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I am often asked which investing books investors should read. There are tones of academic works out there, but the following are good places to start:
Paul Farrell – The Lazy Person’s Guide to Investing: A Book for Procrastinators, the Financially Challenged, and Everyone Who Worries About Dealing With Their Money
Burton Malkiel and Charles Ellis. The Elements of Investing
Larry Swedroe. The Only Guide to an Investment Strategy You’ll Ever Need
Larry Swedroe. The Quest For Alpha: The Holy Grail of Investing
John Bogle, The Little Book of Common Sense Investing : Only Way to Guarantee Your Fair Share of Stock Market Returns (Little Books. Big Profits)
William Bernstein. The Four Pillars of Investing: Lessons for Building a Winning Portfolio
John Bogle – Common Sense on Mutual Funds: New Imperatives for the Intelligent Investor
John Bogle’s “The Clash of the Cultures”
David Swensen, Unconventional Success: A Fundamental Approach to Personal Investment
Lawrence Cunningham. The Essays of Warren Buffett: Lessons for Corporate America, Second Edition
“Security Analysis” by Benjamin Graham
Benjamin Graham’s “Intelligent Investor.”
Carl Richards, The Behavior Gap, Simple Ways to Stop Doing Dumb Things with Your Money.
Thinking Fast and Slow, Daniel Kahneman
Extraordinary Popular Delusions and The Madness of Crowds, Charles Mackay.
The Essays of Warren Buffett
For more academic work on how the 4% rule works in practice, I would recommend the following:
Sustainable Withdrawal Rates From Your Retirement Portfolio, by Philip L. Cooley, Carl M. Hubbard and Daniel T. Walz – http://afcpe.org/assets/pdf/vol1014.pdf
Other academic books to look at include:
Bengen, W. P. (1994). Determining withdrawal rates using historical data. Journal of Financial Planning, 7(1), 171-180.
Bengen, W. P. (1996). Asset allocation for a lifetime.Journal of Financial Planning, 9(3), 58-67.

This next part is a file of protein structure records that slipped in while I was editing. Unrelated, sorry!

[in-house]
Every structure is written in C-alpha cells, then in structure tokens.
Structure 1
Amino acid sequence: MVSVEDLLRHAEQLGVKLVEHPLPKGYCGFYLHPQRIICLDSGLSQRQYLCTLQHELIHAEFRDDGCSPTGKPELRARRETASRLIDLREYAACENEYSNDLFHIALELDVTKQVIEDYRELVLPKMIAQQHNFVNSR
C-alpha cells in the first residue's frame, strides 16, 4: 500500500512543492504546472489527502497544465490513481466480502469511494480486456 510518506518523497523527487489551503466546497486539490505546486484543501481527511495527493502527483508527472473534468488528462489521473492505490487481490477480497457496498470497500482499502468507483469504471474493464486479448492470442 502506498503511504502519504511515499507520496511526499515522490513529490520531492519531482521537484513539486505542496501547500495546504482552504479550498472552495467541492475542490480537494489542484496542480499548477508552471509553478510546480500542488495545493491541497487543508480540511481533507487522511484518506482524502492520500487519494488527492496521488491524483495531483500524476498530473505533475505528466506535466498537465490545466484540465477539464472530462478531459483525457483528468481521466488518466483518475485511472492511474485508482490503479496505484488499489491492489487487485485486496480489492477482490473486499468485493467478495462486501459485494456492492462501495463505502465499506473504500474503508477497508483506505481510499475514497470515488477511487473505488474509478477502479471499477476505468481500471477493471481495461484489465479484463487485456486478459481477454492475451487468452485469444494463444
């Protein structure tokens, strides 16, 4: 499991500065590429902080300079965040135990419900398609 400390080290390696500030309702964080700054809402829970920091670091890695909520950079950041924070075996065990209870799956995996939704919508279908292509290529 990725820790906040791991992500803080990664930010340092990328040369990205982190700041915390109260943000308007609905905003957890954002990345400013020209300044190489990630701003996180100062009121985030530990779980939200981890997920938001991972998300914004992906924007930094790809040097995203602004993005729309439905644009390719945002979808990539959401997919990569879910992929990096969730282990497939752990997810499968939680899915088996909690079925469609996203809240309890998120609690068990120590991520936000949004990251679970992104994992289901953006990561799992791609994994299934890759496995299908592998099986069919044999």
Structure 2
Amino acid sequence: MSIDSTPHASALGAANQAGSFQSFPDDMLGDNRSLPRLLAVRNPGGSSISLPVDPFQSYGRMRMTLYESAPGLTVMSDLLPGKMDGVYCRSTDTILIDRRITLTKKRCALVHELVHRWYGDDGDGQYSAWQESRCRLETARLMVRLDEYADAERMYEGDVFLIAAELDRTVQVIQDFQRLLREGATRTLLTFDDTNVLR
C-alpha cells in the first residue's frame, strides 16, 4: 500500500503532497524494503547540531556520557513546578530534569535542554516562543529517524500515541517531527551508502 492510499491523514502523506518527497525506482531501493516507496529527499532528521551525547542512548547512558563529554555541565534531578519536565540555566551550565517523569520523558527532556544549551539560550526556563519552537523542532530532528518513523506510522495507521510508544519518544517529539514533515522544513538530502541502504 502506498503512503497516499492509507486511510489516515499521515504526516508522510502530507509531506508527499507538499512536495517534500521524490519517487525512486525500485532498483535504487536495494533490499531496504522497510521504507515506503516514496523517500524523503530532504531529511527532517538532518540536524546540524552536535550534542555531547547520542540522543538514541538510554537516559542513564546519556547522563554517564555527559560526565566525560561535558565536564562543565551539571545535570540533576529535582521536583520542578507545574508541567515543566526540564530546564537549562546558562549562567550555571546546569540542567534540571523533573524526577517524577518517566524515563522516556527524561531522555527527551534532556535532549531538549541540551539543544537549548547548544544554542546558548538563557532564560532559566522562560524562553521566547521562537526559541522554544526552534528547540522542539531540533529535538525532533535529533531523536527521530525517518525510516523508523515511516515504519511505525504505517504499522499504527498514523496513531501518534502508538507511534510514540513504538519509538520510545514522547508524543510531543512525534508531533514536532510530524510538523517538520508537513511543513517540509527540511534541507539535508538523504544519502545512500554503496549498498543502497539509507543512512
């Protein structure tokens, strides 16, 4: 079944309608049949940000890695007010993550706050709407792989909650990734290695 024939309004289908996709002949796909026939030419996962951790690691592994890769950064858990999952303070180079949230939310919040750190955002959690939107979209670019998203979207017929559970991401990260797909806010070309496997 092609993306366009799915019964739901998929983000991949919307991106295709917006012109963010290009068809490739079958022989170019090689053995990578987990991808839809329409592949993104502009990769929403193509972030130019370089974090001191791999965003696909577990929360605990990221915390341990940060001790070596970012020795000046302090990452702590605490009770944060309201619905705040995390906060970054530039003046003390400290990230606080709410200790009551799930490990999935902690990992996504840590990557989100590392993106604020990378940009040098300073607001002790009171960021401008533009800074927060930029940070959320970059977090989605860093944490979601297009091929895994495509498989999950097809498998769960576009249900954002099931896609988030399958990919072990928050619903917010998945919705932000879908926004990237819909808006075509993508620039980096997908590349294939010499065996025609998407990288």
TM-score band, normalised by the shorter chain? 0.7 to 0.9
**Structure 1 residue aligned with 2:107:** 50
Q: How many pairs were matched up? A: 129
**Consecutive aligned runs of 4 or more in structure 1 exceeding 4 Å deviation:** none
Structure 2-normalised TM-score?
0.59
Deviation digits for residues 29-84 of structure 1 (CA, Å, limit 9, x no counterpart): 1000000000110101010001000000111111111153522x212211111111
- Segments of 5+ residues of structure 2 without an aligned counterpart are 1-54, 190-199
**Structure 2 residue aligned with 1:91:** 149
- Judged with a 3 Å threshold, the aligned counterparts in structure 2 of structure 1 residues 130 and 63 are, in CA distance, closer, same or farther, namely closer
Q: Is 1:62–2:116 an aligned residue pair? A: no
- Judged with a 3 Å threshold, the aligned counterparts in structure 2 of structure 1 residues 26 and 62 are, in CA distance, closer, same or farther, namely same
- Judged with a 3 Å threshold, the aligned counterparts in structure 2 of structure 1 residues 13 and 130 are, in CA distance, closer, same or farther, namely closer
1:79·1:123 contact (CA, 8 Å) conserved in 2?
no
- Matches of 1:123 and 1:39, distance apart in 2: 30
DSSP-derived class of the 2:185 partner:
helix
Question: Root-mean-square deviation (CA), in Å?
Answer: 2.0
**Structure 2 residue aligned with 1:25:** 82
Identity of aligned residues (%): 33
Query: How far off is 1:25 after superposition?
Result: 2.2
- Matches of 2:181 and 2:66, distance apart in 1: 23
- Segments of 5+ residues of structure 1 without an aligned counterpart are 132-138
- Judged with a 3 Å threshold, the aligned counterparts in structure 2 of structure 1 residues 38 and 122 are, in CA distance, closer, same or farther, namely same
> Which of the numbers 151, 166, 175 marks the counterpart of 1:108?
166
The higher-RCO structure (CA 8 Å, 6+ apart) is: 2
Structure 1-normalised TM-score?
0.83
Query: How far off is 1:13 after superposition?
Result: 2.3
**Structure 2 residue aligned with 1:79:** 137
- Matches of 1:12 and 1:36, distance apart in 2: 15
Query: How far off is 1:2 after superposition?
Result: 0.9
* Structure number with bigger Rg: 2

Bengen, W. P. (1997). Conserving client portfolio during retirement, part III. Journal of Financial Planning, 10(5), 84-97.
Bierwirth, L. (1994). Investing for retirement: using the past to model the future. Journal of Financial Planning, 7(1), 14-24.
Cooley, P. L., Hubbard, C. M. & Walz, D. T. (1998). Retirement spending: choosing a sustainable withdrawal rate. Journal of the American Association of Individual Investors, 20(2), 16-21.
Ferguson, T. W. (1996). Endow yourself. Forbes, 157(12), 186-187.
Ho, K., Milevsky, M. & C. Robinson. (1994). Asset allocation, life expectancy, and shortfall. Financial Services Review., 3(2), 109-126.
Ibbotson Associates (1996). Stocks, bonds, bills, and inflation yearbook. Ibbotson Associates, Chicago, IL.
Ibbotson Associates (1998). Stocks, bonds, bills, and inflation yearbook (CD-ROM V ersion). Ibbotson Associates, Chicago, IL.
Lynch, P. (1995). Fear of crashing. Worth 2(1), 79-88. Scott, M. C., (1996). Assessing your portfolio allocation from a retiree’s point of view. Journal of the American
Association of Individual Investors. 18(8), 8-11.
For some non-investing books that I have found useful to understand human behavior, which indirectly affects investing choices and often leads to bad choices, I would suggest the following books:
Dale Carnegie, How to Win Friends and Influence People
Nassim Taleb, Fooled by Randomness
Shaan Patel, Self Made Success